Body language in the connected conference

Posting this from mid-session in ALT-C (and just to show the connectedness of the whole process there’s a QR code on screen which some of the participants are scanning in the room).  Of course, this being a learning technology conference, the space here in Manchester has a wireless network, and participants are encouraged to blog or tweet.  So it’s interesting to see how much this connectedness alters people’s body language.  Historically, a participant in an audience getting out a computer or a phone might have looked like evidence of them losing interest.  Now it could be evidence of a participant picking up on a point – either by publicising it or by looking on the web for background information.  I’m doing both right now: the organisers have helpfully put individual wireless network credentials on the back of the conference badges.

Incidentally I note there’s a qualitative difference between using a laptop, as I’m doing now, because it involves the screen appearing as a sort of barrier between the member of the audience and the speaker, and using a tablet which can sit flat on a desk and so is less obtrusive.  Also I note how readily people use their tablets as cameras – they may be a very different shape from other cameras, or camera phones, but the body language of somebody taking a photo with an iPad is remarkably similar to that of somebody using one of the old Polaroid cameras in a previous generation.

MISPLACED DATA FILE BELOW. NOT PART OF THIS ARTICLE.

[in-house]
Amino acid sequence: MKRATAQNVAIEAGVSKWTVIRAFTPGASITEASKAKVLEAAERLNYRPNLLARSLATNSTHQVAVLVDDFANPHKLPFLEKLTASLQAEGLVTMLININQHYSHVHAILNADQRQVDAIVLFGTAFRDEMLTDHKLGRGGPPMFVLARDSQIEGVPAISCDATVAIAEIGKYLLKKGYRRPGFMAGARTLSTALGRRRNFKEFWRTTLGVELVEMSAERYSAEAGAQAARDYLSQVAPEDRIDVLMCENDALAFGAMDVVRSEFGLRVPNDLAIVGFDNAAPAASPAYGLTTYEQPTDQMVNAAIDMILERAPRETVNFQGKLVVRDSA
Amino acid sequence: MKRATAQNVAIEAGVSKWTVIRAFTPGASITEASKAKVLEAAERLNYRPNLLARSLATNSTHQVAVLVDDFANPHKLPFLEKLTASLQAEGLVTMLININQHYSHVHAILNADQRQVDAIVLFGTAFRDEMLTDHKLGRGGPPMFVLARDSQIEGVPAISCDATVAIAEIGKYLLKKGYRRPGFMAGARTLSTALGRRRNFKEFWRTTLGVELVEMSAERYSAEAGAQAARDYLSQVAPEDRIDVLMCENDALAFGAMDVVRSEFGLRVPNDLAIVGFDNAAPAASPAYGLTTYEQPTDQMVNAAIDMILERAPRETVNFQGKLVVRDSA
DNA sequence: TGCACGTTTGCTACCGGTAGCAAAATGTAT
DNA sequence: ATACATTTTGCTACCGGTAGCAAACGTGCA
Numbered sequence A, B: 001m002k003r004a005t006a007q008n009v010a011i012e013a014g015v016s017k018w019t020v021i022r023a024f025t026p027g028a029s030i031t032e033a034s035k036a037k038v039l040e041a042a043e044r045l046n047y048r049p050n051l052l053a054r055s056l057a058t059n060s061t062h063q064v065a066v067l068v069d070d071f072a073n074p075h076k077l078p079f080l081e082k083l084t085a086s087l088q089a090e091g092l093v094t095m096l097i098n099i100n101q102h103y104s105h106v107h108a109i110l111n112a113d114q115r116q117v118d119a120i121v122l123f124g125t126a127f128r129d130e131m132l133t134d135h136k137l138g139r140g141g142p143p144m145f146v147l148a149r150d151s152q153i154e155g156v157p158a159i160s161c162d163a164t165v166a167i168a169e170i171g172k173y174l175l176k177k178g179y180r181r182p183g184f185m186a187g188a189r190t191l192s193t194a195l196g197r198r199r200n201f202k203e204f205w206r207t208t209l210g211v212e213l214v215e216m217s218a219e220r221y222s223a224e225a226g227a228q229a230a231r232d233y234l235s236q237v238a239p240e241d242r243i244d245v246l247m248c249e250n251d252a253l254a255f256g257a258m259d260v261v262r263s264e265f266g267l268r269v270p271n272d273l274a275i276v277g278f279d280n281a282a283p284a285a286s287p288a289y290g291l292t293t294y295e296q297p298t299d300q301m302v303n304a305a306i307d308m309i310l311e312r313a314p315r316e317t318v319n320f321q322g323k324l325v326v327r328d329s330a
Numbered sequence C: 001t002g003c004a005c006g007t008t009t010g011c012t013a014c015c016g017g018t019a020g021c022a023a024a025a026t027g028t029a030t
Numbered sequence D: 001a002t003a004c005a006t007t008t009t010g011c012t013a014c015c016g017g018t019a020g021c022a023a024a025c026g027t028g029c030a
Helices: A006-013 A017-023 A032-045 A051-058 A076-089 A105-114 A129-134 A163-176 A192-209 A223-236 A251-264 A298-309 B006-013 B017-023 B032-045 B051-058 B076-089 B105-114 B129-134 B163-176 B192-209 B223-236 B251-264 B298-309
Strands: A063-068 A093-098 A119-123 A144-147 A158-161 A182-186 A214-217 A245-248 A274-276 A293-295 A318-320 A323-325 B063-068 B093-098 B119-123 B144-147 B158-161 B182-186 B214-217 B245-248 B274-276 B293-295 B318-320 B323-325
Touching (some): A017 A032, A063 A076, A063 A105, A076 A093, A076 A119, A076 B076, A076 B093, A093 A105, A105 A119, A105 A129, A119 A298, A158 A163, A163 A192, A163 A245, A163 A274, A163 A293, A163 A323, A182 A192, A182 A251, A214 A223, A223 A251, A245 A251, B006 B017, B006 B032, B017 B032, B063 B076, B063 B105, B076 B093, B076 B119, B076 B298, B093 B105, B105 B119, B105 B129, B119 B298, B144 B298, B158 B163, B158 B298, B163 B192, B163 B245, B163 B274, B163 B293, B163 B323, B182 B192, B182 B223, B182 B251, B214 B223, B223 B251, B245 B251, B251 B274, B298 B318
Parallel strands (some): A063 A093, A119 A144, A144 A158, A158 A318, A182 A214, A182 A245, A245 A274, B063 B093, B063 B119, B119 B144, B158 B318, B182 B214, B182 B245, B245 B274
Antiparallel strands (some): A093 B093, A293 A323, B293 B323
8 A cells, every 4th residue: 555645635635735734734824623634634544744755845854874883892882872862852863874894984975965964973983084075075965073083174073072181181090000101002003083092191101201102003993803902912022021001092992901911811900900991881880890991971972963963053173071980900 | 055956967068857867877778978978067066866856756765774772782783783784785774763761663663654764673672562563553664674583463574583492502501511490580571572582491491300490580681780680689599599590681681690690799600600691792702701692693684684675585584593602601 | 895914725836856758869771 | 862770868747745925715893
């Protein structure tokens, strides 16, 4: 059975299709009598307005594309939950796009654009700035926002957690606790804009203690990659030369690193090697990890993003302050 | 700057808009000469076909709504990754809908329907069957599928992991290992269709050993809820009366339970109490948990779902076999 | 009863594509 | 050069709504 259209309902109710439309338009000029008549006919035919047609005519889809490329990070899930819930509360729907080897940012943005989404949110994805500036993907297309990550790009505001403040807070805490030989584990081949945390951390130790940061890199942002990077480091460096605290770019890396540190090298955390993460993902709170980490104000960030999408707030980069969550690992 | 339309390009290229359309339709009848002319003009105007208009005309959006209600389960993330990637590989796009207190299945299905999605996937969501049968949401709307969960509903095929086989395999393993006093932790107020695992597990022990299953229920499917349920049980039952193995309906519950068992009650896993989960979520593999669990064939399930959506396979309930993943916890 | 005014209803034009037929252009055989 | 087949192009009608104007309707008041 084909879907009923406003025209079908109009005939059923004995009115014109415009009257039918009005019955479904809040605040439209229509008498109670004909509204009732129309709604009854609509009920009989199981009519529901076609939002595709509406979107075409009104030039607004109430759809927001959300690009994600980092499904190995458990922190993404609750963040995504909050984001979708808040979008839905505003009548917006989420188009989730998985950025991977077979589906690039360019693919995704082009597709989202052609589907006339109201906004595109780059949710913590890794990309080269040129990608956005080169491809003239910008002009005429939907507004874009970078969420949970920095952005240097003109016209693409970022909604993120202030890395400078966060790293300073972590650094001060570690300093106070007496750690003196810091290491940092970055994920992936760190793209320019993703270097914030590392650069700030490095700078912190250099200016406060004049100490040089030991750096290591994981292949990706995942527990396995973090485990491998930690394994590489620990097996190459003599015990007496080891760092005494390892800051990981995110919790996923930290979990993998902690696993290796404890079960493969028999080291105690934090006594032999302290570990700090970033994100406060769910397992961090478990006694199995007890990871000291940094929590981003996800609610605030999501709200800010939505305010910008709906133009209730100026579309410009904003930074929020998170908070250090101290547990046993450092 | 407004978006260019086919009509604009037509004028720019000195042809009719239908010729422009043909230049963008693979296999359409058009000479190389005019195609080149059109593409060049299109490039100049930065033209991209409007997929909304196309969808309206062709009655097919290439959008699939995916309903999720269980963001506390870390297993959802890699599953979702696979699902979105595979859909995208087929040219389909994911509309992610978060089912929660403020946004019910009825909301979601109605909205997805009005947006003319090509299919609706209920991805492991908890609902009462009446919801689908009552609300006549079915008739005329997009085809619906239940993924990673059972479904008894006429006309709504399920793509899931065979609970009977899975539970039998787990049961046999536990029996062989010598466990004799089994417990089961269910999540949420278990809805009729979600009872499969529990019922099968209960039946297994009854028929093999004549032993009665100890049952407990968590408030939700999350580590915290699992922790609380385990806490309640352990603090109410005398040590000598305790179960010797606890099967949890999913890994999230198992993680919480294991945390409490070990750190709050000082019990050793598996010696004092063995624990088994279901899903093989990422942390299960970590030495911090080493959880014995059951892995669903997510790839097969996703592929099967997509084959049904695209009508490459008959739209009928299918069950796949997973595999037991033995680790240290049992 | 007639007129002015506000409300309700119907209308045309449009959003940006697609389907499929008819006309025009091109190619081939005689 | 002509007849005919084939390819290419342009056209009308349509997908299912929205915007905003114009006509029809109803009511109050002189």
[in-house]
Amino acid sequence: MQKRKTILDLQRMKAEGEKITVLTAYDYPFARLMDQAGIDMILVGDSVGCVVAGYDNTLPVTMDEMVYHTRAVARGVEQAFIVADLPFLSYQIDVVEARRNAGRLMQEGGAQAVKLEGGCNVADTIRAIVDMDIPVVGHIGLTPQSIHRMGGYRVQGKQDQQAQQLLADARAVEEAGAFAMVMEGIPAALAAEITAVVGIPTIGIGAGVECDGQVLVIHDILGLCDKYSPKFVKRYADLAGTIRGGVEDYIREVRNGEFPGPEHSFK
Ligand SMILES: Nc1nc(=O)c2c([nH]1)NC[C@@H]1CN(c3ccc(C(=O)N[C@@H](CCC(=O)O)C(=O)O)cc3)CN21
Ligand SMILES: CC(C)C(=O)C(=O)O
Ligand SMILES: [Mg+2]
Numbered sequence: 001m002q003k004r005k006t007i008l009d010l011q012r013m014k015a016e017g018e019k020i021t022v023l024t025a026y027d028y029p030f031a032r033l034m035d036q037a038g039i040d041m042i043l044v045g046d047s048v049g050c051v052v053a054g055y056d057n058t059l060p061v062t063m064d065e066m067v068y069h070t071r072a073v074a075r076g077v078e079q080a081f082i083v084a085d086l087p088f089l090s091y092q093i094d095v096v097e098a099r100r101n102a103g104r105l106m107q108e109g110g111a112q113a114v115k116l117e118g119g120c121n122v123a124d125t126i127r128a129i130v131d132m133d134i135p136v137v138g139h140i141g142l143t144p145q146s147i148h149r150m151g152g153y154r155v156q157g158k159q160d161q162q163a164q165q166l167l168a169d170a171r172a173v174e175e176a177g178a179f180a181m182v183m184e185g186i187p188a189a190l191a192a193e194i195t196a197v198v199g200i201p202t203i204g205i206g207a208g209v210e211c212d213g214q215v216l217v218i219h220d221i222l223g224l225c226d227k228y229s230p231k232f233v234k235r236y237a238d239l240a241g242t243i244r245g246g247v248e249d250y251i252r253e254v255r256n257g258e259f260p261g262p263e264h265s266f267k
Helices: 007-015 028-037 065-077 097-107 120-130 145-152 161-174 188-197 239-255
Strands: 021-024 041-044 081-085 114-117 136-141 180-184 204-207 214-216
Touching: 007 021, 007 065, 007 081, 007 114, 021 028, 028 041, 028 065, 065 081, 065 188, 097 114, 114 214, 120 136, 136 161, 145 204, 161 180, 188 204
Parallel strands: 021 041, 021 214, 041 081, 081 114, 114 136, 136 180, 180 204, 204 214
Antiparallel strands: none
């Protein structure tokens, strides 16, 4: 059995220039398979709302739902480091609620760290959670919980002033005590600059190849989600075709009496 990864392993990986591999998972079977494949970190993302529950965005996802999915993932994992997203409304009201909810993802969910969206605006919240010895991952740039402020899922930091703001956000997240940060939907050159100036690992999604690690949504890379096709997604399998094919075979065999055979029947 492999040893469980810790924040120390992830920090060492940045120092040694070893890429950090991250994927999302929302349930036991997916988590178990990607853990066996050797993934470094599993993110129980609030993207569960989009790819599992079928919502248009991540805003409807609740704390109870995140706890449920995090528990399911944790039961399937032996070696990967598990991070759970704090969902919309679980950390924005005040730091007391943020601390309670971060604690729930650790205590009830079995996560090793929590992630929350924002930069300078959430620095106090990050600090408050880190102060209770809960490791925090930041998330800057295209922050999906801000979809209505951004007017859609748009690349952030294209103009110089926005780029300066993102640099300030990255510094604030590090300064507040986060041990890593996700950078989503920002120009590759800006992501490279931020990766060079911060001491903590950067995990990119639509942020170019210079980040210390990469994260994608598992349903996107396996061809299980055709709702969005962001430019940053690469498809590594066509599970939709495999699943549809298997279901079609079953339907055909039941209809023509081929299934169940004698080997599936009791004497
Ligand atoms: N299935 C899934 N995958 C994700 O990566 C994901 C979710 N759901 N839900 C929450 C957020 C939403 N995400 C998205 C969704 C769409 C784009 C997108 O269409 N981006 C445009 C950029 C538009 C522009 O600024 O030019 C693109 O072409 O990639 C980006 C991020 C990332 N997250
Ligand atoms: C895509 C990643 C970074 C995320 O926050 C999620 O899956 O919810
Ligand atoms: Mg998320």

I guess that right now about 60% of the people in the room are using devices of some sort right now.  And I notice that people are putting the devices away, rather than getting them out, as a formal presentation comes to a close.

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